The Role of networks connecting native seed stakeholders

Marcello De Vitis*, Holly Abbandonato, Costantino Bonomi, Simone Pedrini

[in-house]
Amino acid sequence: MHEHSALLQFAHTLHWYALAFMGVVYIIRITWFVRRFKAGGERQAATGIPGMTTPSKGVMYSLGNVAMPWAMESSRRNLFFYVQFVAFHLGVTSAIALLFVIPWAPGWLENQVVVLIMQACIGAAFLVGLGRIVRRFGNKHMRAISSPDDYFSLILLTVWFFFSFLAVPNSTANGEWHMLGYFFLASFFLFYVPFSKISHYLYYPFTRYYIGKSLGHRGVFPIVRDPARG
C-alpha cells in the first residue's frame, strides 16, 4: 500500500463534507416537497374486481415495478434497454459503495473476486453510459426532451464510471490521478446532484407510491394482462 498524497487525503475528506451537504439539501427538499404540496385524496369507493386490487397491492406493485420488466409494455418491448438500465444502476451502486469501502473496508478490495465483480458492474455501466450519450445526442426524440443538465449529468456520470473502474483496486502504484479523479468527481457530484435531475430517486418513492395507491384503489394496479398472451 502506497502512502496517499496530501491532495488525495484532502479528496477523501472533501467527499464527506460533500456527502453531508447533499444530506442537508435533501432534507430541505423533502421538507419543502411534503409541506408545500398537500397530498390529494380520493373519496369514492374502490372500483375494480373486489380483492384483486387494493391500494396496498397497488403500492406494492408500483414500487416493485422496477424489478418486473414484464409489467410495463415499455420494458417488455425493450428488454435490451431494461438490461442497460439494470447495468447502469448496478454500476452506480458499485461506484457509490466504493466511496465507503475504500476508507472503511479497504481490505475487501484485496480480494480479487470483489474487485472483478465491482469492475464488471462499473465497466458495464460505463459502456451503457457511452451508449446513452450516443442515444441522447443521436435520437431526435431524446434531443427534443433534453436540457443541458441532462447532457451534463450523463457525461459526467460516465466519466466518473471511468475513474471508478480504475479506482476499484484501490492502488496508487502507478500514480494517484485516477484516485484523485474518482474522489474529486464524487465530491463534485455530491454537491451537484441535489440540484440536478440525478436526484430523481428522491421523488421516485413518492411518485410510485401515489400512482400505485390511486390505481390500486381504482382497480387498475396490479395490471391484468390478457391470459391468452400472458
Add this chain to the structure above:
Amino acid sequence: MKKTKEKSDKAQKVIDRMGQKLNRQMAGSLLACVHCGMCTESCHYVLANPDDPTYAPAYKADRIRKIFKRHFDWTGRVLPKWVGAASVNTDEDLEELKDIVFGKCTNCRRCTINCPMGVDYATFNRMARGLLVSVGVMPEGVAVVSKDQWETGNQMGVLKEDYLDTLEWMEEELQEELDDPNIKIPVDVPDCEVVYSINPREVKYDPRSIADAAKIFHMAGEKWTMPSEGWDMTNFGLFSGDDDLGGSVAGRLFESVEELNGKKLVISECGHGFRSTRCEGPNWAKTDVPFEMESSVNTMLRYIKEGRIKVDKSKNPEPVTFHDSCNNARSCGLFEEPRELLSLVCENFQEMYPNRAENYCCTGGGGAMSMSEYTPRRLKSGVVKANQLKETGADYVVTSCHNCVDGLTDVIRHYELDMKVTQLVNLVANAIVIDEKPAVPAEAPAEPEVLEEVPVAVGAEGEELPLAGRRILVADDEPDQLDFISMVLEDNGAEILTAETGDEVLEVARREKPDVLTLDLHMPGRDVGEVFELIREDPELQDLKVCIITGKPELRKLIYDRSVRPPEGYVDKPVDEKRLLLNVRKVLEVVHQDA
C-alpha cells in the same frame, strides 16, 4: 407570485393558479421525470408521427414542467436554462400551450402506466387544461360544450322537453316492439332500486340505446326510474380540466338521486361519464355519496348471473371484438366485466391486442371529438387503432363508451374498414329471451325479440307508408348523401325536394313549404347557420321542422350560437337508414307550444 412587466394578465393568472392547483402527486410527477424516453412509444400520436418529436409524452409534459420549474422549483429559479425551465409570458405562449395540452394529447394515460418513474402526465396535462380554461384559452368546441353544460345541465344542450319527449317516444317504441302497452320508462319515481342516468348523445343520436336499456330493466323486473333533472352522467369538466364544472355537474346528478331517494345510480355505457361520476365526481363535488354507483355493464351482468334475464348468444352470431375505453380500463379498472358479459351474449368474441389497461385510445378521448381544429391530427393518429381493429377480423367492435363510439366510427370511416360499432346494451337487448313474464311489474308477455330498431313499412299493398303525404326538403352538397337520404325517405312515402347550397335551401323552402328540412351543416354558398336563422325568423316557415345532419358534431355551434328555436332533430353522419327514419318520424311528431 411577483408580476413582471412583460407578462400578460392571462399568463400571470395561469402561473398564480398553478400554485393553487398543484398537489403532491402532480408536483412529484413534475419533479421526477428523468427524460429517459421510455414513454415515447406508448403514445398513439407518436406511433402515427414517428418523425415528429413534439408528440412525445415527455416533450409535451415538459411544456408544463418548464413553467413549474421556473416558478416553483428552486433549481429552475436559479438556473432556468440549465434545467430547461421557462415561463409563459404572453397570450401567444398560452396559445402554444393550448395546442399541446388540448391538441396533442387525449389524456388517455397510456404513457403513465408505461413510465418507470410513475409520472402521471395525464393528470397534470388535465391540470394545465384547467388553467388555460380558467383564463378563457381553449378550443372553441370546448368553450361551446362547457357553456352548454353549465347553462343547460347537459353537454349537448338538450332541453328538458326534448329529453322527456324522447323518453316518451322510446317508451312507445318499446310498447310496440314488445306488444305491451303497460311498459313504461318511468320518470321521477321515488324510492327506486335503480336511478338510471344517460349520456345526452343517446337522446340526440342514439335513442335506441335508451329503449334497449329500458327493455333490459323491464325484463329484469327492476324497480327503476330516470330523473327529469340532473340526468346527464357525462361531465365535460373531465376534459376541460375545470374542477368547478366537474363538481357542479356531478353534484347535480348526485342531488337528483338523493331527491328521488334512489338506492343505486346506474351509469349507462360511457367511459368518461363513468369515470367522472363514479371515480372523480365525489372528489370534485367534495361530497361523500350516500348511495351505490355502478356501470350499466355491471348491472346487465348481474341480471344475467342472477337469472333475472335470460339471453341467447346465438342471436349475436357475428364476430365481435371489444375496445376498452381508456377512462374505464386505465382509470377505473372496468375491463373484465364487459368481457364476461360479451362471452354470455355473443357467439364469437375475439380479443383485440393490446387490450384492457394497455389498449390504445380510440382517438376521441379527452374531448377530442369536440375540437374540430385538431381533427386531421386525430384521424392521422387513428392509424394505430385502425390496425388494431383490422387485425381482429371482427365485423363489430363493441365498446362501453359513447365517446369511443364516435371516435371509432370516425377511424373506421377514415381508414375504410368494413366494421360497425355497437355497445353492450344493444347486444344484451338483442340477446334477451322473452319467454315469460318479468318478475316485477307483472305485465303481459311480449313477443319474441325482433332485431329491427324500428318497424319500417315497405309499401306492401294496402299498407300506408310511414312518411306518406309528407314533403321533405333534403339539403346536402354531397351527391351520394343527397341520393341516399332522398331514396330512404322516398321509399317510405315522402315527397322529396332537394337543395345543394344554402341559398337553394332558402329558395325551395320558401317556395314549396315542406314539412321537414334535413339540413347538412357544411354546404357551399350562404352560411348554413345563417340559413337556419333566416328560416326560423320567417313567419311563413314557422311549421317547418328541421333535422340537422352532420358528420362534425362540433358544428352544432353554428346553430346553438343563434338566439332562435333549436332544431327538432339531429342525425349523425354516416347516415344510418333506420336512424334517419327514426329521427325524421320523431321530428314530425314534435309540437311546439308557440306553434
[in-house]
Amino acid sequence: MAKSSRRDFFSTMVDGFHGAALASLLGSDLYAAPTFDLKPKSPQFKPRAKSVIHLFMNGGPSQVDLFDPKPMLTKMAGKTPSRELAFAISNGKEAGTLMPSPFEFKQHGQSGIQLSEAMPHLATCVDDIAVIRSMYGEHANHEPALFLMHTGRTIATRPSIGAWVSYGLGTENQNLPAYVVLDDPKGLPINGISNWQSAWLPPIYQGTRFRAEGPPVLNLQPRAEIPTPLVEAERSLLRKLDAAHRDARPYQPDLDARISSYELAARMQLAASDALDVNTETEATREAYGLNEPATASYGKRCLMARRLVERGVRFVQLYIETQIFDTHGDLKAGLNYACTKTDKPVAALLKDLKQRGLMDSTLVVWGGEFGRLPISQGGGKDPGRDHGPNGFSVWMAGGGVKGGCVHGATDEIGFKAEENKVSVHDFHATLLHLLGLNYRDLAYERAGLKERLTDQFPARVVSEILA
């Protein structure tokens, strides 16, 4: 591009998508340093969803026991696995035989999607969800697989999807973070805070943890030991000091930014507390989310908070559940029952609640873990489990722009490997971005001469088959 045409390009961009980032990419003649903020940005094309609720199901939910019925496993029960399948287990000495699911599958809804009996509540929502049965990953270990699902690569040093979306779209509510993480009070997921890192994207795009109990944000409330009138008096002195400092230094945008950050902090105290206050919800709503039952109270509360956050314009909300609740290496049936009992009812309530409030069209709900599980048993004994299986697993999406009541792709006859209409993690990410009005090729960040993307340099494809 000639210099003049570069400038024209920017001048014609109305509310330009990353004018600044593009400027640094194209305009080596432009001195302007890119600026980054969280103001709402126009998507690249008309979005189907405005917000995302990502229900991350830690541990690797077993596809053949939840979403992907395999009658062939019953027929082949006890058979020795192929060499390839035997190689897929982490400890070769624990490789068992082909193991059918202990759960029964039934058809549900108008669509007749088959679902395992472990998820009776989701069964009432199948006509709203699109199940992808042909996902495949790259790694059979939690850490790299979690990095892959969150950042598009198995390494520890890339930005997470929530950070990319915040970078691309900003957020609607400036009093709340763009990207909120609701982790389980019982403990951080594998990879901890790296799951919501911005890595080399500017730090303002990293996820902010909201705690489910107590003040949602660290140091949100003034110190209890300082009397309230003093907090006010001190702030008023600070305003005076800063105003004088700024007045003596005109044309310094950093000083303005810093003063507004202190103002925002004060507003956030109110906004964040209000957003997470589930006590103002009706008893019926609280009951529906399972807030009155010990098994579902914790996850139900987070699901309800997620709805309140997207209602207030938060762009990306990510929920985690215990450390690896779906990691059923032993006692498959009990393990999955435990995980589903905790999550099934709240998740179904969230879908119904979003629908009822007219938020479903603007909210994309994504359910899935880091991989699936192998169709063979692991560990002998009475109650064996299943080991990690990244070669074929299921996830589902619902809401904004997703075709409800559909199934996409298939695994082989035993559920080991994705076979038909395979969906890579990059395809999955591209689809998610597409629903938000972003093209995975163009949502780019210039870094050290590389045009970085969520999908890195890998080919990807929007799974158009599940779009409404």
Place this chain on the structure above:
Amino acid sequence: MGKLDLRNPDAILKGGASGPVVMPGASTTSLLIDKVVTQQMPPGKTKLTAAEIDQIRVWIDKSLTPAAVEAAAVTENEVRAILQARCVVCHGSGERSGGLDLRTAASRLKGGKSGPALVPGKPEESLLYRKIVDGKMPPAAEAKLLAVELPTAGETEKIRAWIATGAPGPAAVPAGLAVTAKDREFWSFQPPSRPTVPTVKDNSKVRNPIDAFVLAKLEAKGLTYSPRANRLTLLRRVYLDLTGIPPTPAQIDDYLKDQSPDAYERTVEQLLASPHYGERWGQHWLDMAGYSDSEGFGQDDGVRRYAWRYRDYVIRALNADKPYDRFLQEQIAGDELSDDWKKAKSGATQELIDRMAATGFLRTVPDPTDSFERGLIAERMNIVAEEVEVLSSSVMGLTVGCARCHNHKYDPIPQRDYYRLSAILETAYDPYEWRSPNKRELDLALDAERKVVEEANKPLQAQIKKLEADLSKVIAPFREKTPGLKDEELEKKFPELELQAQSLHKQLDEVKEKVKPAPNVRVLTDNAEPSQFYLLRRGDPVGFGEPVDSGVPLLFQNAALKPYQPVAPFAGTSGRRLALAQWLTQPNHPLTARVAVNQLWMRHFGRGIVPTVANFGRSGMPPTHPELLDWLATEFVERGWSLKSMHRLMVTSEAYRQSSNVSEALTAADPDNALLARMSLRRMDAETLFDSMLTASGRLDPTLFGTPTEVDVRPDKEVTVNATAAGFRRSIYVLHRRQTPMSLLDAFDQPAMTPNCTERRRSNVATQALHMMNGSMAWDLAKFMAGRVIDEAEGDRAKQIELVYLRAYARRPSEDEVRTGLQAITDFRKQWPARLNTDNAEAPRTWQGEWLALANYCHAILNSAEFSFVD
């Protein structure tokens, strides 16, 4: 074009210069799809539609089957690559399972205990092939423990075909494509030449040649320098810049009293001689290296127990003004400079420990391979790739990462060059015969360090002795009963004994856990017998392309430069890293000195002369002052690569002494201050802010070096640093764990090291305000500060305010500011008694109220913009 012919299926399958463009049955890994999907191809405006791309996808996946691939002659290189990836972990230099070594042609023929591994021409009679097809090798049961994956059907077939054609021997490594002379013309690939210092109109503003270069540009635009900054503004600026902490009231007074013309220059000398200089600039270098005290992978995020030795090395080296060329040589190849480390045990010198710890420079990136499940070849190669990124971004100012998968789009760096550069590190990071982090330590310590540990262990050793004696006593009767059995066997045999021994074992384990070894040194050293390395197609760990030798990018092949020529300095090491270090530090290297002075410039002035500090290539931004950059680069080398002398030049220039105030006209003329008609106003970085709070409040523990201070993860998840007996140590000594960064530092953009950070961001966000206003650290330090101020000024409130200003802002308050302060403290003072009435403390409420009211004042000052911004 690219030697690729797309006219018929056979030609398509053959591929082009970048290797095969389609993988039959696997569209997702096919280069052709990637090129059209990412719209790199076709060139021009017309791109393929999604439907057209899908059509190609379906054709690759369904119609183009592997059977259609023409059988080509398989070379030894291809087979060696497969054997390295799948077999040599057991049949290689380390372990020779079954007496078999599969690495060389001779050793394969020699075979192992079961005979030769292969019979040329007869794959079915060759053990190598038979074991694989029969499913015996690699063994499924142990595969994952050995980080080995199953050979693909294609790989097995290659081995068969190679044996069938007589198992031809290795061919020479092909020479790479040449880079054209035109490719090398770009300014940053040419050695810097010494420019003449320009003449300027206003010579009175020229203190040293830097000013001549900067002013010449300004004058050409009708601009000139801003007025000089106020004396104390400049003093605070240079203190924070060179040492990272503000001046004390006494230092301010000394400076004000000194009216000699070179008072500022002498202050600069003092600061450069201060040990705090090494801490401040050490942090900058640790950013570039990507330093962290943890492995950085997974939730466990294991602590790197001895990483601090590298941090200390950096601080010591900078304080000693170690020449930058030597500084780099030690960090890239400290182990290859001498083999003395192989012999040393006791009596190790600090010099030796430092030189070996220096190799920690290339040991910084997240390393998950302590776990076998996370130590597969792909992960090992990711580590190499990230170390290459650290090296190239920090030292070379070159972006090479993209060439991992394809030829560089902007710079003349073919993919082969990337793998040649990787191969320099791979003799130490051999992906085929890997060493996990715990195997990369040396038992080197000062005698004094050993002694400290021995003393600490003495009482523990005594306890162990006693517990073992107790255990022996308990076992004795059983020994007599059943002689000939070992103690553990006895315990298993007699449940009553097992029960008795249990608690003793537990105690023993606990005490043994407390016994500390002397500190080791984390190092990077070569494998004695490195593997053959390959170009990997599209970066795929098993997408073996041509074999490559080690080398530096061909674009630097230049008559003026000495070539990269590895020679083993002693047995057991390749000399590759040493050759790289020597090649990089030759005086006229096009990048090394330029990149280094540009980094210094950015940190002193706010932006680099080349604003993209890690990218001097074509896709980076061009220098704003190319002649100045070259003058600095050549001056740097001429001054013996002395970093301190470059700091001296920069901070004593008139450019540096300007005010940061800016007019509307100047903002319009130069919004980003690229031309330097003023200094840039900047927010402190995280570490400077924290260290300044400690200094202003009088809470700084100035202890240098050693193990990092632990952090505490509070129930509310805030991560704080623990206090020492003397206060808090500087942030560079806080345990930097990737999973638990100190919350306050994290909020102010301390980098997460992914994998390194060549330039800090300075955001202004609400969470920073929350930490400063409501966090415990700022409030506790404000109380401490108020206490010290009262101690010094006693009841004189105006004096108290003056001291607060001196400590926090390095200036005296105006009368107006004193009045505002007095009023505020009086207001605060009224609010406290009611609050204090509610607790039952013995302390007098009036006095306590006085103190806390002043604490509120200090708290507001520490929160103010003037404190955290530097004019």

Connecting stakeholders and facilitating the transfer of knowledge is crucial to improve success in ecological restoration. Like the nodes of the ecological networks we aim to restore, those who work with native seeds are connected and dependent on each other for information and resources to address the challenges of seed conservation, research, production and use. The International Network for Seed-based Restoration (INSR) and the Native Seed Science, Technology and Conservation Initial Training Network (NASSTEC) are two examples of international networks dedicated to connecting people working on native seeds and facilitating the transfer of knowledge to improve results in ecosystem conservation and restoration. We present the recent activities and outcomes of these two networks. As an on-line network of 420 members in 40 countries, INSR publishes articles about restoration experiences, webinars, and a quarterly e-newsletter; promotes relevant events; posts useful materials and opportunities in seed-based restoration; and hosts a discussion forum about native seeds. As a face-to-face network, INSR organises symposia where stakeholders can learn from each other about the techniques and approaches to restoration challenges. In Europe, where the native seed industry is starting to address seed capacity and policy, NASSTEC conducted a survey to identify the native seed stakeholders, and collect information on the degree of collaboration and networking. Obtaining information about and from the community of users that we are trying to connect and for whom we want to produce useful tools for, is a critical step to effectively direct our resources.